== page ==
Your suggestions, bug reports and contributions of code are always
valued - please do not hesitate to report any problems you may find
(preferably with a fix attached, if you can!).

The preferred method to submit bug reports from a machine with
Internet mail connectivity is to use the send-pr command or use the CGI
script at  Bug reports
will be dutifully filed by our faithful bugfiler program and you can
be sure that we'll do our best to respond to all reported bugs as soon
as possible.  Bugs filed in this way are also visible on our WEB site
in the support section and are therefore valuable both as bug reports
and as "signposts" for other users concerning potential problems to
watch out for.

If, for some reason, you are unable to use the send-pr command to
submit a bug report, you can try to send it to:


Note that send-pr itself is a shell script that should be easy to move
even onto a totally different system.  We much prefer if you could use
this interface, since it make it easier to keep track of the problem
reports.  However, before submitting, please try to make sure whether
the problem might have already been fixed since.

Otherwise, for any questions or tech support issues, please send mail to:


Additionally, being a volunteer effort, we are always happy to have
extra hands willing to help - there are already far more desired
enhancements than we'll ever be able to manage by ourselves!  To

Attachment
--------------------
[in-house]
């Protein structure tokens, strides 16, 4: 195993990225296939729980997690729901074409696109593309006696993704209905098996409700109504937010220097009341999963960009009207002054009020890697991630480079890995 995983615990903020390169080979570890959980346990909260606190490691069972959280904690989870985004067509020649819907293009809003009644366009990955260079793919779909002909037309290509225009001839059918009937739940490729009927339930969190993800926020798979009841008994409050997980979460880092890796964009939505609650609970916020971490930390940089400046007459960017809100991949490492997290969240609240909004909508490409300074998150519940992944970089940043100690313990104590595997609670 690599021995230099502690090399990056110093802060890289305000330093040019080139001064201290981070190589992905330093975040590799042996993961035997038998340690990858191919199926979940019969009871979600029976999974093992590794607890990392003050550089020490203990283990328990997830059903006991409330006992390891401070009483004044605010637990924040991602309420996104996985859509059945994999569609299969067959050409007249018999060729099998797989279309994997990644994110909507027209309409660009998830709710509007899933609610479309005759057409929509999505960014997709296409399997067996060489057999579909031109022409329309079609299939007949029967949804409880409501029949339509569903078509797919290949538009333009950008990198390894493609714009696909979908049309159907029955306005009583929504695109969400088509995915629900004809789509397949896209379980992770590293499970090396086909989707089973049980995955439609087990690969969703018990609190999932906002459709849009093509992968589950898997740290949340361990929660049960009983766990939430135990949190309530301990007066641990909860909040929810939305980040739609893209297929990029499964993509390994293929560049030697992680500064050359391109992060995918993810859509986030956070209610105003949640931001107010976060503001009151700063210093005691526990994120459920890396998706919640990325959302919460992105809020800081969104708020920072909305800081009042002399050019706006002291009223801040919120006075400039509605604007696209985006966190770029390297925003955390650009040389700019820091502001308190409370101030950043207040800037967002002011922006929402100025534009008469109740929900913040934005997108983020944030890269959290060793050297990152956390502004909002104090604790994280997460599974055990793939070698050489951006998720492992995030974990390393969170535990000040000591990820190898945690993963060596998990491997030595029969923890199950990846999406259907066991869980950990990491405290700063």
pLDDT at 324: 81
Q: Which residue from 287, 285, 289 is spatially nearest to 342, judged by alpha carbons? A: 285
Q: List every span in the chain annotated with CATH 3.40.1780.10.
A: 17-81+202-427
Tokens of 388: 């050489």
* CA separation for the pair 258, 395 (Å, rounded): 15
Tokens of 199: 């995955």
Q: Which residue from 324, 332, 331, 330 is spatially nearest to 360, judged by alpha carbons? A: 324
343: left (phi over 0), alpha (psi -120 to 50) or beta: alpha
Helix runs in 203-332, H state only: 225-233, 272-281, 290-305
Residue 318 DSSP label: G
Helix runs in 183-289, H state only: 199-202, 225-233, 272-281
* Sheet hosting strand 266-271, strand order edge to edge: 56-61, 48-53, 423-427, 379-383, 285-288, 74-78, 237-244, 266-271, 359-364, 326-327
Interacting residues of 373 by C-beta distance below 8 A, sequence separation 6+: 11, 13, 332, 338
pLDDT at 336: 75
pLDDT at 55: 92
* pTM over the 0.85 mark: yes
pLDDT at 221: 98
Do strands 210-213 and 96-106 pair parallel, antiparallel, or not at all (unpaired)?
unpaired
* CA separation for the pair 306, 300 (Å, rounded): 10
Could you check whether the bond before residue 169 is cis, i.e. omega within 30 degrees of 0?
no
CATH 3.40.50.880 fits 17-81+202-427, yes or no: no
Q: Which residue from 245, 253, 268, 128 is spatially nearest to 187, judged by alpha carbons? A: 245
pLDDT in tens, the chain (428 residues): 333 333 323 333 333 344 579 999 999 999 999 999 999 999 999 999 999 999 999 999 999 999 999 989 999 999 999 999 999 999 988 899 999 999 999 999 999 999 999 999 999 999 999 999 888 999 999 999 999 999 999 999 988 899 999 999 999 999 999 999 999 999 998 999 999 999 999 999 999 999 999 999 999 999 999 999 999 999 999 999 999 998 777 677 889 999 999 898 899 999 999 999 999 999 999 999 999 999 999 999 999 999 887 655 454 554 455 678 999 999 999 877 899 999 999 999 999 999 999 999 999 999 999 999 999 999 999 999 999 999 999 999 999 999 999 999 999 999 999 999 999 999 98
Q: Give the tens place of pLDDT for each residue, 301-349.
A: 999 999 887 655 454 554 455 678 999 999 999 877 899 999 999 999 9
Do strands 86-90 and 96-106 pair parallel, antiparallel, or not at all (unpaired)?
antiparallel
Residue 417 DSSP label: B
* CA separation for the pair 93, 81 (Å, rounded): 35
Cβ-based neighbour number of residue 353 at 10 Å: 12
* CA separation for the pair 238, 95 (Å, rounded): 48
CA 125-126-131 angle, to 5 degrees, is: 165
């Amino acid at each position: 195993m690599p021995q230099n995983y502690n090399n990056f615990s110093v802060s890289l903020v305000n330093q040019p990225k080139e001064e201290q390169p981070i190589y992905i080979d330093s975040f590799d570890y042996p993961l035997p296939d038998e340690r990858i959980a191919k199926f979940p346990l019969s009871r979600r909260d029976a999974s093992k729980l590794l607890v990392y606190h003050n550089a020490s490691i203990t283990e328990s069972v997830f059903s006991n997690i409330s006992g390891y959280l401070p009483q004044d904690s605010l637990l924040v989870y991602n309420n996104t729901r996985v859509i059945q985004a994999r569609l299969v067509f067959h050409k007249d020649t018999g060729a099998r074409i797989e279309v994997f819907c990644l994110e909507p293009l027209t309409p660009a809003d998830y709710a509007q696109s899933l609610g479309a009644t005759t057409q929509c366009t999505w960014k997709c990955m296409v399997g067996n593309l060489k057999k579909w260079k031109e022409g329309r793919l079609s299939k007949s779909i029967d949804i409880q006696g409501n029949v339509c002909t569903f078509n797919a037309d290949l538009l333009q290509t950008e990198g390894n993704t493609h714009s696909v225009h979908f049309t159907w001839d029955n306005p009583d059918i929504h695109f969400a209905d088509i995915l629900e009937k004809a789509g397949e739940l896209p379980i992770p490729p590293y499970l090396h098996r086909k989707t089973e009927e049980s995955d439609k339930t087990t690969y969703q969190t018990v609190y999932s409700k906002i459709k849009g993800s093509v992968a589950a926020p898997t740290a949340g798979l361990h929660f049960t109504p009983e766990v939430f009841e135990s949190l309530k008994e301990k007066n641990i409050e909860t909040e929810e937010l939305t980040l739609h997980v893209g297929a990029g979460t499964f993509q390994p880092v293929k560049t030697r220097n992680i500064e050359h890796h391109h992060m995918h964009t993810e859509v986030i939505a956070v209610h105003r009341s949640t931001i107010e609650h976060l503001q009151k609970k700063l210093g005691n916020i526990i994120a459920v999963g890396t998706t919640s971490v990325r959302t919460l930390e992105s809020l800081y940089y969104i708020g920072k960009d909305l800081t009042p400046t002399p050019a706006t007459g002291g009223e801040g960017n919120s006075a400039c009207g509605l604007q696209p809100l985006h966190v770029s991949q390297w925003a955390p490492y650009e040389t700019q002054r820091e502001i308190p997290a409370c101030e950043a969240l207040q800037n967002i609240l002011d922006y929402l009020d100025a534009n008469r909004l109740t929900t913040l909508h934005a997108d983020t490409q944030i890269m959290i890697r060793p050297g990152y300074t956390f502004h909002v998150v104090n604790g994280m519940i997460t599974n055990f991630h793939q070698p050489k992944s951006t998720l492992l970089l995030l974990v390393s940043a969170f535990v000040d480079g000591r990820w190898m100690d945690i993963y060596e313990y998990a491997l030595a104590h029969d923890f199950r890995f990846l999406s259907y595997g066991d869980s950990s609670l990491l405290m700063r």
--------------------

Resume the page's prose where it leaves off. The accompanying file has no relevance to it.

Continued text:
contact us on technical matters, or with offers of help, please send
mail to:


Please note that these mailing lists can experience *significant*
amounts of traffic and if you have slow or expensive mail access and
are only interested in keeping up with significant FreeBSD events, you
may find it preferable to subscribe instead to:


All of the mailing lists can be freely joined by anyone wishing
to do so.  Send mail to and include the keyword
`help' on a line by itself somewhere in the body of the message.  This
will give you more information on joining the various lists, accessing
archives, etc.  There are a number of mailing lists targeted at
special interest groups not mentioned here, so send mail to majordomo
and ask about them!

6. Acknowledgments

FreeBSD represents the cumulative work of many dozens, if not
hundreds, of individuals from around the world who have worked very
hard to bring you this release.  For a complete list of FreeBSD
project staffers, please see:

or, if you've loaded the doc distribution:


Special mention to:

        The donors listed at

        And to the many thousands of FreeBSD users and testers all over the
        world, without whom this release simply would not have been possible.

We sincerely hope you enjoy this release of FreeBSD!

                        The FreeBSD Project